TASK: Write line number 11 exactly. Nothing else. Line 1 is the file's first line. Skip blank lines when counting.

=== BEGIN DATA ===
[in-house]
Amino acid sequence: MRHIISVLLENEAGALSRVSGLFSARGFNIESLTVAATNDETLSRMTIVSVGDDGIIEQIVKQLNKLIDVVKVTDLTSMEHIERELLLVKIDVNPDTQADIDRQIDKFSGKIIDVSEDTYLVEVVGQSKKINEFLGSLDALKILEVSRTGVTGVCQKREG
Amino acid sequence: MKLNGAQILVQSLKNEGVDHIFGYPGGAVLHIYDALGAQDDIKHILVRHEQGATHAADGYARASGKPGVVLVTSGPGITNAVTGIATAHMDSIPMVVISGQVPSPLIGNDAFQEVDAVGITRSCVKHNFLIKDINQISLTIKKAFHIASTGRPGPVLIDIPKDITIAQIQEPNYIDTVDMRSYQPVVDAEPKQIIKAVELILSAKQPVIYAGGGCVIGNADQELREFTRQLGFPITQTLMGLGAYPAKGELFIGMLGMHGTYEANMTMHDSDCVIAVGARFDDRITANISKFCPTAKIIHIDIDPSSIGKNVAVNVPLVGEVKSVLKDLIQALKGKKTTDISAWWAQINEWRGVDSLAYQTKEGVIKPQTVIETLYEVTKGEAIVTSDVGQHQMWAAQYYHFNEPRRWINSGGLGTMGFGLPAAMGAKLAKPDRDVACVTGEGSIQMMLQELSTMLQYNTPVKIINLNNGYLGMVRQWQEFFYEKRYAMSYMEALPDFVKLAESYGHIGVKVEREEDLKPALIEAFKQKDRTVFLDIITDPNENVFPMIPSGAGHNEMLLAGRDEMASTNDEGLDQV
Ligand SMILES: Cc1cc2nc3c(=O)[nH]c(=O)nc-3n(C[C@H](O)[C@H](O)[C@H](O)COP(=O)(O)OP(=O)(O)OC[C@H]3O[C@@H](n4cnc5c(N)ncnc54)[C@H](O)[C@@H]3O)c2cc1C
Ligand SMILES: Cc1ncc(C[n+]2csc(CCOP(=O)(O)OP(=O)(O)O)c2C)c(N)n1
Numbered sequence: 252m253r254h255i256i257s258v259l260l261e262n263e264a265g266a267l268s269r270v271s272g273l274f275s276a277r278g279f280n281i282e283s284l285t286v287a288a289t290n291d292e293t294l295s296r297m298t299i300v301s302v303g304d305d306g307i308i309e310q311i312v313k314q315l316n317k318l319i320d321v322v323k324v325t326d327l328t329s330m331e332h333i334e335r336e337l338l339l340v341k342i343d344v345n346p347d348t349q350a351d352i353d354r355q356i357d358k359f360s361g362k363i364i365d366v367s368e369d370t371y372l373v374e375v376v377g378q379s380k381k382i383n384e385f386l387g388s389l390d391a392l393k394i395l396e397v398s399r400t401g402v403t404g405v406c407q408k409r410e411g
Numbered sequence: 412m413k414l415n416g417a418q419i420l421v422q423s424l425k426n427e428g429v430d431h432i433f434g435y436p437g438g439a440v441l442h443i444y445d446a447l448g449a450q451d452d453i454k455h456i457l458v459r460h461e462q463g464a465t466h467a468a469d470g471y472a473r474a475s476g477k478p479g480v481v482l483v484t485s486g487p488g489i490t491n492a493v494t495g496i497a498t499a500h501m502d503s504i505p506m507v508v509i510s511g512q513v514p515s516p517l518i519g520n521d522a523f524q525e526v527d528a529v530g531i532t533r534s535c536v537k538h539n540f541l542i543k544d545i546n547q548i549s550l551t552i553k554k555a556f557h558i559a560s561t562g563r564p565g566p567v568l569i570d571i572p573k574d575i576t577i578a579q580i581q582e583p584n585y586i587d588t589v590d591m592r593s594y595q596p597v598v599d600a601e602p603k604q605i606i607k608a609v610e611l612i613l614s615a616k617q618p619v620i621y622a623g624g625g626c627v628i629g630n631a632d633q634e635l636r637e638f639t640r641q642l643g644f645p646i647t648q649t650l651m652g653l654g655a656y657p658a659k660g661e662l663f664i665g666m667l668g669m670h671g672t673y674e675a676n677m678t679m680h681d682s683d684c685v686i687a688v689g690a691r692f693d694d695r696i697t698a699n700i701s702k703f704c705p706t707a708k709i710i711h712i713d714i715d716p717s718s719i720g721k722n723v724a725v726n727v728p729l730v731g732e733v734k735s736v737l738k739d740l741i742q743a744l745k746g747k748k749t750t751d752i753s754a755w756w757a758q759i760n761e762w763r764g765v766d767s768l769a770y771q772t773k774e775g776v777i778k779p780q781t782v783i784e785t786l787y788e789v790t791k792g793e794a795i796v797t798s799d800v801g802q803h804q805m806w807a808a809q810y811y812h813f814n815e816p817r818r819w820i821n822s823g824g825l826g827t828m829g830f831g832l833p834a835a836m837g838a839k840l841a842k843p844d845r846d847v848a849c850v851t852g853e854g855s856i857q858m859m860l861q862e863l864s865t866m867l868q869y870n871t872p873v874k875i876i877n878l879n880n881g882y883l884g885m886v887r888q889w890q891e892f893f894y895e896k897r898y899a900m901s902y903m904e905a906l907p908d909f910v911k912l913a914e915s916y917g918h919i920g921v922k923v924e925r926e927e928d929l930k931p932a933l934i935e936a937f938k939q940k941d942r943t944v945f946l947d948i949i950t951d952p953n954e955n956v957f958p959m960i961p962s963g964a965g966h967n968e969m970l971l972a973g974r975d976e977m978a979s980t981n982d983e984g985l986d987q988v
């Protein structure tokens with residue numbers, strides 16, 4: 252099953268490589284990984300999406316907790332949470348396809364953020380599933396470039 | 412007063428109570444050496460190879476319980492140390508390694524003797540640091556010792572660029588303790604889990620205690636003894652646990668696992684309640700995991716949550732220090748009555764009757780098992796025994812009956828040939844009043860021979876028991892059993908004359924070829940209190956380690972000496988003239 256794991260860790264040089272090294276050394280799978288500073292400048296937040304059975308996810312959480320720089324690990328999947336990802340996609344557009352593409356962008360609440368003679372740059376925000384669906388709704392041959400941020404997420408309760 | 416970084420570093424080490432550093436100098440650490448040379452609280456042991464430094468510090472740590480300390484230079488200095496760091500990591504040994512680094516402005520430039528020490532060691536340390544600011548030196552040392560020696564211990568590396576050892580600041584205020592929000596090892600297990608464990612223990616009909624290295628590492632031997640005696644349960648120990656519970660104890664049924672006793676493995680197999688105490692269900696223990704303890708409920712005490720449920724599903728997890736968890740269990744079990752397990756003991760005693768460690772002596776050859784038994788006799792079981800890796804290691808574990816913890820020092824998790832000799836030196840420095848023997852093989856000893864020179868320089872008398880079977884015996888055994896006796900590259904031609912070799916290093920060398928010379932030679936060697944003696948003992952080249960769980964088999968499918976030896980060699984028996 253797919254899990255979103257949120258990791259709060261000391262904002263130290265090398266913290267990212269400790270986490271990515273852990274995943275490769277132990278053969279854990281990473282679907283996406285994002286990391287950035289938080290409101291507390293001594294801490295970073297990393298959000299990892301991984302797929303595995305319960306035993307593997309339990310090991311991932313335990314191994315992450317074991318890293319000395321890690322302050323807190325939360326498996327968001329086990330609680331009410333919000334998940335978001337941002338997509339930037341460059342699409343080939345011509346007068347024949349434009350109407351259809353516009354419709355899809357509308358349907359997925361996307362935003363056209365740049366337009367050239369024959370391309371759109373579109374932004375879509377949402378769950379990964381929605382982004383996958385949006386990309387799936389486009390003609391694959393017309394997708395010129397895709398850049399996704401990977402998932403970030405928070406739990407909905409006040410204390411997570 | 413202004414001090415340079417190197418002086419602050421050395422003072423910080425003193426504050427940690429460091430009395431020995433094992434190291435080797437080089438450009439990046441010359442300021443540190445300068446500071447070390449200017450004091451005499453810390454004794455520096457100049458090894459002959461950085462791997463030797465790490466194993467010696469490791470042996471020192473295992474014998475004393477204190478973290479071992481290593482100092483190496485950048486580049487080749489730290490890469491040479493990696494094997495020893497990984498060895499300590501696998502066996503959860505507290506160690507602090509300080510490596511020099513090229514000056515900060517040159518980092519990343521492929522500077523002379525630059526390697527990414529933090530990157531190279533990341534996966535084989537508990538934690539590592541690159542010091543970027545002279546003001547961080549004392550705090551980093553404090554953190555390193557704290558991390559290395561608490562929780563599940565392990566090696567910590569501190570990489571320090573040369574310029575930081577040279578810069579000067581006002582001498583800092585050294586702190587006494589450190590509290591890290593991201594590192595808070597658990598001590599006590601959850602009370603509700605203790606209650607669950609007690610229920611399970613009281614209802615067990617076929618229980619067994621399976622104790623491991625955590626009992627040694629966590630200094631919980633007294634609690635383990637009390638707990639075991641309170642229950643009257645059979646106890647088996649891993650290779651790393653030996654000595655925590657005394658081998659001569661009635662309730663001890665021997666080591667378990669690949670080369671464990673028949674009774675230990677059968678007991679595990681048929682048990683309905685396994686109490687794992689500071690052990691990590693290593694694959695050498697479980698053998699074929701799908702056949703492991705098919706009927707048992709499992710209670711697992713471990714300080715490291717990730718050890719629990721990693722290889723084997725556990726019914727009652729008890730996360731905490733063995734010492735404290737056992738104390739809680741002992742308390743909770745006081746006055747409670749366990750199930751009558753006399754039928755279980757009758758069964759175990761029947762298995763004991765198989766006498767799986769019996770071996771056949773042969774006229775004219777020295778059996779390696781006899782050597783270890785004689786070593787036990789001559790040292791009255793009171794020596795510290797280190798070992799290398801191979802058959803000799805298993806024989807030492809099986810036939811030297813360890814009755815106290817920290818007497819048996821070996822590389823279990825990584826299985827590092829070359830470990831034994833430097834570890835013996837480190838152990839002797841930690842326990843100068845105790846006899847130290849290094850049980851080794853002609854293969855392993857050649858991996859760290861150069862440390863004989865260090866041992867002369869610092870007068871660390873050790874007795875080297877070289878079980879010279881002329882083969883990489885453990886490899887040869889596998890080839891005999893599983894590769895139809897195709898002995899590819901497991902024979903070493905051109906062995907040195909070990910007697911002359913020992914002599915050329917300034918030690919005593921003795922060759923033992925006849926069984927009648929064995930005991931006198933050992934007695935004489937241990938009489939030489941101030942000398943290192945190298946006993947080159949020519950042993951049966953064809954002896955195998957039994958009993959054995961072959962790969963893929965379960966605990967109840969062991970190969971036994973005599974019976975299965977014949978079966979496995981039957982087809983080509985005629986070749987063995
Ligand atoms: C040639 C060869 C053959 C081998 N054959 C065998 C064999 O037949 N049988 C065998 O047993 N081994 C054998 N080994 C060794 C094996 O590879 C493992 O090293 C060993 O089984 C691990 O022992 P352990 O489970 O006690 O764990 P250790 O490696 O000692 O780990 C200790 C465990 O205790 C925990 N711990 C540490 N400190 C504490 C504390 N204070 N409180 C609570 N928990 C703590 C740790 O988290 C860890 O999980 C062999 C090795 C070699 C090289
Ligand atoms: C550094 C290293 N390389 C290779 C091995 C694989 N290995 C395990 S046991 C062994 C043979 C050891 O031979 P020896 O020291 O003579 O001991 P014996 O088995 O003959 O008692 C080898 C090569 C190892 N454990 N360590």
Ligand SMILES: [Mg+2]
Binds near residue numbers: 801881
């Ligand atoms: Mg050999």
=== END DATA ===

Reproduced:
Ligand SMILES: [Mg+2]